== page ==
While there was no exact quote that matched the tweet, there were several blog comments about the socks. Neither the USF Facebook or Twitter pages have any tweets about the socks, so I’m presuming this is a misquoted comment from this post (Of course, I’ll allow for the possibility this is from a private tweet).

I couldn’t find some of the others in that thread. But you know what those comments aren’t? Tweets. (Maybe they are on Facebook, or they are private tweets, but who knows) Look at these tweet searches (note: I didn’t use quotes). This means they are either generic Facebook comments or nonexistent, since nobody has ever tweeted any tweet with these combination of words.

I found a couple of others that were on Twitter, but were responses to the Tampa Bay Times, and were decidedly NOT engagements on USF social media. There is no response to any @USouthFlorida tweet with the word Terribull until after the most recent “Mean Tweets” tweet.

The difference between “tweets” and “internet comments” is not a trivial distinction. The premise of this video is that USF is getting a lot of engagement on social media. Yet, in order to find “tweets” for their Mean Tweets video, they used statements that were 1) not from social media at all or 2) were tweets that were not engaging USF.

The video is disingenuous and misleading at best. I figure this is because the reaction on social media is so poor that they are now doubling down on a bad decision with even worse decisions. Which brings me to my bigger concern: where is this survey? I mean, no Google results?!? No results available on the university webpage?

Look, I get where USF is coming from initially. People are loathe to accept change. I’m current a professor at Ole Miss, and a significant percentage of the fan base is still angry about Colonel Reb 15 years later. I understand why USF is remiss to acquiesce to a mob mentality. But the Ole Miss / Colonel Reb situation is instructive. Many of the people I’ve talked to about it get the reasons why you have to switch from Colonel Reb. Lots of Ole Miss fans contend the Colonel is not racist… but it’s far too easy for recruiters from other schools to convince 5-star recruits that it is. And most of the fans get that, even if they want Colonel Reb back.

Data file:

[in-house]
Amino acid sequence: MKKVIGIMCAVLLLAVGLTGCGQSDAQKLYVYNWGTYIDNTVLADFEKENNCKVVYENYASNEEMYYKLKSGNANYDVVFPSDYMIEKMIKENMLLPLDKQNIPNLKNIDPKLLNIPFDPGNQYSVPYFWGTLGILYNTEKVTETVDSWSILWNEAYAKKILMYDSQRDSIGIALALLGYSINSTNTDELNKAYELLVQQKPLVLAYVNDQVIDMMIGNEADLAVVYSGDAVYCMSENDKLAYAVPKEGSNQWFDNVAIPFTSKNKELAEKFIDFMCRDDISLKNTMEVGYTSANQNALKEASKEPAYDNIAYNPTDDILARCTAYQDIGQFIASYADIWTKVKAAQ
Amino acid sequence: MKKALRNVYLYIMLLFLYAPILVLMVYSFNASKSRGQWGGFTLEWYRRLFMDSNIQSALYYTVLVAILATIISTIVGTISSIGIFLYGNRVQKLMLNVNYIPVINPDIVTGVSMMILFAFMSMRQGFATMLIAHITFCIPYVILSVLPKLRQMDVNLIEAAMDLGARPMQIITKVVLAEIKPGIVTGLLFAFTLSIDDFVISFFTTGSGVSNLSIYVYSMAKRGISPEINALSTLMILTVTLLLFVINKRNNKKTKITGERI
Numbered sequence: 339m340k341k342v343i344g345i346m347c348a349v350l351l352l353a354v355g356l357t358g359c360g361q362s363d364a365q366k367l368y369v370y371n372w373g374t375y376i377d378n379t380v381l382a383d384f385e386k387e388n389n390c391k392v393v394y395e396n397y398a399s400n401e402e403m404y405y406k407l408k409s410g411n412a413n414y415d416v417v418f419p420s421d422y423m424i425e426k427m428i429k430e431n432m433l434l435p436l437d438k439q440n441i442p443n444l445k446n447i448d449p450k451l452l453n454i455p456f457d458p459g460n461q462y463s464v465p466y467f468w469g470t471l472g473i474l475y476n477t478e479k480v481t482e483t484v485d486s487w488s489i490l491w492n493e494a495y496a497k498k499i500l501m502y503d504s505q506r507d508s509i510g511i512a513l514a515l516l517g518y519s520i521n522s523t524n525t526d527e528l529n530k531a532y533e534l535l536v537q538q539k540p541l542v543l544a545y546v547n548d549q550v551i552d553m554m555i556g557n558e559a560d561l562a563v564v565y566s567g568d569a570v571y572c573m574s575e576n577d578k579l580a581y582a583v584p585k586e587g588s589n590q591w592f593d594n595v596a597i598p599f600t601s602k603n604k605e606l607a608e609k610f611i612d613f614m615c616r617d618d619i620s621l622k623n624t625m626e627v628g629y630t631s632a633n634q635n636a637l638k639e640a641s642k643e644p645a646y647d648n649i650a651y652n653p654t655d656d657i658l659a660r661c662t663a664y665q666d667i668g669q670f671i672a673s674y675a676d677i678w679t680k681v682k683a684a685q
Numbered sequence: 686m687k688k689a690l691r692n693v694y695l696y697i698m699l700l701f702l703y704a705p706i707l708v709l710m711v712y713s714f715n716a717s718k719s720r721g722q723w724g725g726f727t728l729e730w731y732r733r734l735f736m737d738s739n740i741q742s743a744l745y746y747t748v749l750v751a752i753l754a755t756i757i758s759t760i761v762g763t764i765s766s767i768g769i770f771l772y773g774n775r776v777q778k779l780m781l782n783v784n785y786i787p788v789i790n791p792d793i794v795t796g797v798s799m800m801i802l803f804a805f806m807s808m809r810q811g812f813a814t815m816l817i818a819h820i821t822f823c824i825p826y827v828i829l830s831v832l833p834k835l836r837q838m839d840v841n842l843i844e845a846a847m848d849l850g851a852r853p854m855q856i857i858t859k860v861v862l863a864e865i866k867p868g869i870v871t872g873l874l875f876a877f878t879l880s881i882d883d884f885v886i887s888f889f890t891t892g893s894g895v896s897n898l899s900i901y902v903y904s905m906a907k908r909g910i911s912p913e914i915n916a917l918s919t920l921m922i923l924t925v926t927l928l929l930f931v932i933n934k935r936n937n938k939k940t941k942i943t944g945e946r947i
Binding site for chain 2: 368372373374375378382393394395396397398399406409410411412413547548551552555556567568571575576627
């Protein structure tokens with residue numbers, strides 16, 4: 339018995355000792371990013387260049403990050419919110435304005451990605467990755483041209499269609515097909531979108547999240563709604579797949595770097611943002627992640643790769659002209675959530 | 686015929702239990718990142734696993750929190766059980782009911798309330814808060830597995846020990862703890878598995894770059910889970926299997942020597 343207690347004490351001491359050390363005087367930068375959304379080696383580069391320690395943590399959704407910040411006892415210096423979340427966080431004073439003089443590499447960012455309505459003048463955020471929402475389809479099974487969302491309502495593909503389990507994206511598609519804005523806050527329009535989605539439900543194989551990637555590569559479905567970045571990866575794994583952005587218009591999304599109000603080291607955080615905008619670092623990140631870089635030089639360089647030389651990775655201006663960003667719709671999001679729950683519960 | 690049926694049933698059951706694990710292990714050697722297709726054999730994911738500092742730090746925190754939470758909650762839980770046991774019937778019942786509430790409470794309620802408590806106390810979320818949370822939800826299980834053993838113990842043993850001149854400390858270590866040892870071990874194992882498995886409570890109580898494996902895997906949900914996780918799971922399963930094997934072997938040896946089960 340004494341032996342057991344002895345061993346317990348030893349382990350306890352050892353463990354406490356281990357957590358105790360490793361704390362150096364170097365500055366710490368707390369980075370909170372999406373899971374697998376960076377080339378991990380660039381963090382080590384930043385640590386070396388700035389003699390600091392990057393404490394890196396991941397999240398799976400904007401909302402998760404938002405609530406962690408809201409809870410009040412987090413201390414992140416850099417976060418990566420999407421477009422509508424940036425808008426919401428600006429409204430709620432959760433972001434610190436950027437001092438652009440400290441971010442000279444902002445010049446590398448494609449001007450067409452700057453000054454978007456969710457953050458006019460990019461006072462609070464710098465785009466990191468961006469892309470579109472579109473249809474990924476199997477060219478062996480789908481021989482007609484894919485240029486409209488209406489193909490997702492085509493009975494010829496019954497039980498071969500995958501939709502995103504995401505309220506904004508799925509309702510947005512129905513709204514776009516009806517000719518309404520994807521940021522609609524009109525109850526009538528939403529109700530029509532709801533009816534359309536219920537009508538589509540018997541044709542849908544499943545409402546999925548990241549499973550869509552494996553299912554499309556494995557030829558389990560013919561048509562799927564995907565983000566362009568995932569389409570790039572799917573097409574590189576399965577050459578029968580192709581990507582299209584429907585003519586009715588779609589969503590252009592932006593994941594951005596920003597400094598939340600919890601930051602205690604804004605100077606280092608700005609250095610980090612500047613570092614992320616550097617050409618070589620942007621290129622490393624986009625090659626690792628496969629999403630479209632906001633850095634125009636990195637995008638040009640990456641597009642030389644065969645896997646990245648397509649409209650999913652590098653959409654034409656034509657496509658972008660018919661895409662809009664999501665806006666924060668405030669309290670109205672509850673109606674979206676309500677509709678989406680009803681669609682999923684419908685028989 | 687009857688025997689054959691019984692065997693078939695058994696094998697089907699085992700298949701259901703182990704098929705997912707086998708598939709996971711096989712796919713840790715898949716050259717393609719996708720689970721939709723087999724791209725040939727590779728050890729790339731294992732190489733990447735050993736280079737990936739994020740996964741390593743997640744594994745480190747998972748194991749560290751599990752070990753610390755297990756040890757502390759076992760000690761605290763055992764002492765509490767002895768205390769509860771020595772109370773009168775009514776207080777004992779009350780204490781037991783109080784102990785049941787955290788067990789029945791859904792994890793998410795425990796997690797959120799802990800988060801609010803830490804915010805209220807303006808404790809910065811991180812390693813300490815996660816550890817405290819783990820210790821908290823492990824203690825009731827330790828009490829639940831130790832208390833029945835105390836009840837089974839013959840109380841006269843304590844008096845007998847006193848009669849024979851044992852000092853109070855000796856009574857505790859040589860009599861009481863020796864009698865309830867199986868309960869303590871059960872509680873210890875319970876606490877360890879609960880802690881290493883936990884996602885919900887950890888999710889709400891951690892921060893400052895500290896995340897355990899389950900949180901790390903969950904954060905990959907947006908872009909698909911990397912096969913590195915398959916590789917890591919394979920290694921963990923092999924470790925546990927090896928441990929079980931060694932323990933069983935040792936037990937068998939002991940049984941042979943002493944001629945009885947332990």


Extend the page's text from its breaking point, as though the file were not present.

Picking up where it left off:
But the thing that most people are still ticked off after 15 years is that the university commissioned a survey that said most of the students preferred a Black Bear mascot over Colonel Reb or a landshark (or, hilariously, Admiral Ackbar), and the methods behind that survey were dubious at best, and not public. Many of the fans aren’t mad that the Colonel is gone per se, it’s that they felt the university lied to them.

So if USF thinks this is going to go away, they are mistaken. People may forget the Golden Brahman, but they don’t forget being lied to by their alma mater.

Even worse, when they come up with surveys and methods that are clearly meant to find a specific result (i.e. the 55-student survey), do not make survey results or methods public, include misleading quotes and statements, they do much more damage than a poor logo.

These actions call into question the legitimacy and integrity of anyone who has earned a degree and conducted research at USF. I AM ONE OF THOSE PEOPLE. I have a BS, MS, and PhD from USF. The methods in this video CHEAPEN THE VALUE OF MY DEGREES.

Now, I’m willing to admit I’m wrong the survey is made publicly available. However, this video was a misguided and misleading attempt to justify a poor decision, and it’s now causing actual harm and needs to stop immediately.